CHÂTEAU DE MEURSAULT

CHÂTEAU DE MEURSAULT

MEURSAULT
Owner:
Olivier Halley
Manager:
Stéphane Follin-Arbelet
Website
The Château de Meursault estate comprises 60 hectares of vines, all situated in the Côte de Beaune, around the towns of Aloxe Corton, Savigny-les-Beaune, Beaune, Pommard, Volnay, Meursault and Puligny-Montrachet. It is one of the Côte de Beaune's most richly endowed estates, indeed no less than 23 hectares of its holdings lie in Premier Cru and Grand Cru appellations.
CHÂTEAU DE MEURSAULT

The estate's origins go back to the 11th century. From 1666 it was owned by Pierre de Blancheton, a lawyer in the Burgundy Parliament, and it remained in his family until the Revolution. At the beginning of the 19th century the estate was enlarged, mainly thanks to the Serre family who made important modifications to the château's architecture and considerably developed the vineyards. After passing down through successive generations it came into the hands of the Count of Moucheron, who left it to his eldest son, Etienne. At that time the estate was about a quarter of its size today. In 1973 André Boisseaux, founder of the Kriter Group, bought the Chateau and devoted a lot of energy and taste to its restoration. Finally in 2012 the estate was acquired by Olivier Halley, a wine lover who has always had a passionate conviction towards the greatness of Burgundy's vineyards.

Exposed east and southeast, the “climats” are located at an altitude that varies between 250 and 280 meters. Typically Côte de Beaune, the soils are very diverse. The "combes" that cut the tray allow the definition of many “climats”. The brown calcareous soils category rendzinas based on several layers of limestone from the Middle Jurassic. By the combined effect of erosion faults and valleys, these limestones are exposed continuously along the coast. It is this juxtaposition of various geological outcrops, which is the basis of the extreme fragmentation of the vineyards and the concept of “terroir”.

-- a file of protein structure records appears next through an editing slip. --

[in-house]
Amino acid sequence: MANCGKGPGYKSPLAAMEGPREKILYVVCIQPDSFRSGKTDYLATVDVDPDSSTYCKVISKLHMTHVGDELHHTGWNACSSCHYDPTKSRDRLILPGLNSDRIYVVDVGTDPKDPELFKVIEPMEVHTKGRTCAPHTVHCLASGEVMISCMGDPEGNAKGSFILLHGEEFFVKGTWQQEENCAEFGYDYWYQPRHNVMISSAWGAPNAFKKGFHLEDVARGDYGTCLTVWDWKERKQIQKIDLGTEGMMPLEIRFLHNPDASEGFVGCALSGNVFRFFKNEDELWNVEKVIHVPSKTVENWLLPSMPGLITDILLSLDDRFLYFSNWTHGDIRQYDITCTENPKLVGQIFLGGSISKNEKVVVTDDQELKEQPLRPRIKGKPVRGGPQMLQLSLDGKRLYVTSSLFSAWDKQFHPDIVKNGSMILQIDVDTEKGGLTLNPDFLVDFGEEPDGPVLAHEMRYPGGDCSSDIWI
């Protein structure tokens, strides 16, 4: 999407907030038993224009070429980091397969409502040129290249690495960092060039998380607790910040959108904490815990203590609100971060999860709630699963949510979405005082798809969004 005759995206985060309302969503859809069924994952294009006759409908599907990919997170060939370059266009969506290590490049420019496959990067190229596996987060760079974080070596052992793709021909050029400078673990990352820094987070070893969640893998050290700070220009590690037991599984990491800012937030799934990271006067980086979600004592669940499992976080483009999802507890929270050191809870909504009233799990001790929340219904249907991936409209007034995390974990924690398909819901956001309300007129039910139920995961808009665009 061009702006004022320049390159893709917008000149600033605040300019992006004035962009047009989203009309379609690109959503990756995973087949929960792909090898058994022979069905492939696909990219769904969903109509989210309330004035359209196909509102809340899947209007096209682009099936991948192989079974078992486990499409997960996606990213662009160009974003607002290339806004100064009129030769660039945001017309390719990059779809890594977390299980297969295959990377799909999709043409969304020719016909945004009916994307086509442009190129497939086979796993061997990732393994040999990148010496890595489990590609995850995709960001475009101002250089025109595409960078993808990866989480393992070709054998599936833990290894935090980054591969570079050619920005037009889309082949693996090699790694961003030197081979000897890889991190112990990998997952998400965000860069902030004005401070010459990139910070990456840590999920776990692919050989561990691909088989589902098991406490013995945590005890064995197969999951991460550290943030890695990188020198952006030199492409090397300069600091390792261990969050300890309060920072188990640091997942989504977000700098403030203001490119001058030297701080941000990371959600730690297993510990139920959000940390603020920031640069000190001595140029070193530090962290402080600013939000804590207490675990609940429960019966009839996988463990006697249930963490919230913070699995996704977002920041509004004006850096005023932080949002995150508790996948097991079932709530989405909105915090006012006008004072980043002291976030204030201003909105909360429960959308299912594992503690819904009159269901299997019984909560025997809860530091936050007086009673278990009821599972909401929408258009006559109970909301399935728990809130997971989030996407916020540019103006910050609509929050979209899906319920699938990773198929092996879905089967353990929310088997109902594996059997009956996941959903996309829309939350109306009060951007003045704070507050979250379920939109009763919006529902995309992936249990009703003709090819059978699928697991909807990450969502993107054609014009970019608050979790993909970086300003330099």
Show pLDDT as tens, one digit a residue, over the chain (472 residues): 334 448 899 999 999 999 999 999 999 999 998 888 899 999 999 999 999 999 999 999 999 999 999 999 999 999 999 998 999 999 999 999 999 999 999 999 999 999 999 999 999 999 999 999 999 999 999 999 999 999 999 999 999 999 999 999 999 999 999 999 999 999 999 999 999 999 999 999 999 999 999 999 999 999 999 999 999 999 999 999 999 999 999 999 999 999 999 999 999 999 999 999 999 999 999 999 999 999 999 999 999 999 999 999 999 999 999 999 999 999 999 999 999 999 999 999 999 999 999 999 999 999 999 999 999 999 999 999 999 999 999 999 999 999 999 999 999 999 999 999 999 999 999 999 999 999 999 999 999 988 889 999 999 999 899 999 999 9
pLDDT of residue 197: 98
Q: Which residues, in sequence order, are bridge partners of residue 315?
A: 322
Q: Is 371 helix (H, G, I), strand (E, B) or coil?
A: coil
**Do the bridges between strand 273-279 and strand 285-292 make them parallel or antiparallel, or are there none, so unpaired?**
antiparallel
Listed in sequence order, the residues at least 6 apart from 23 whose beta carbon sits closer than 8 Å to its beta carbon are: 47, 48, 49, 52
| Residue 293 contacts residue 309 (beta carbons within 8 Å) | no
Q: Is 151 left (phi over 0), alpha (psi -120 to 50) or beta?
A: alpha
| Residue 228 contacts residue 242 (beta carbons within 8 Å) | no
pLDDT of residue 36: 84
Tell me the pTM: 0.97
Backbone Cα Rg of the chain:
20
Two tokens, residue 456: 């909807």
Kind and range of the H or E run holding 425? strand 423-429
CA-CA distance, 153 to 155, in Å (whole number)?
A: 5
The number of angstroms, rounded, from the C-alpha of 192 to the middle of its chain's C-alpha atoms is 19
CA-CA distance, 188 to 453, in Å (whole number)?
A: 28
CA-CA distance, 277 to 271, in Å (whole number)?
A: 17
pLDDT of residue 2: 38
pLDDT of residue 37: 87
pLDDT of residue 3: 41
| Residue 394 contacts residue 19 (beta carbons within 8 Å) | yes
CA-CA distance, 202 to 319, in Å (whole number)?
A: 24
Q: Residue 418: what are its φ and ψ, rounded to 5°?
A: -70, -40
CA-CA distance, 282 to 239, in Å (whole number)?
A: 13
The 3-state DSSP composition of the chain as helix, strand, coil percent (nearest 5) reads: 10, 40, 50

The winery, which was built in 1980, is equipped with state-of-the-art wine-making hardware, and makes use of gravity in order to avoid unnecessary pumping, which has a detrimental effect on quality. Maturation in barrel is adapted so as to enhance each wine's intrinsic qualities, and care is taken not to smother the terroir influence (the lighter wines are exposed to very little new oak). Some white wines, such as the Château de Meursault, Meursault Premier Cru, are aged partly in new barrels and partly in one-year-old barrels. The average length of barrel-ageing is between 12 and 18 months, depending on the appellation.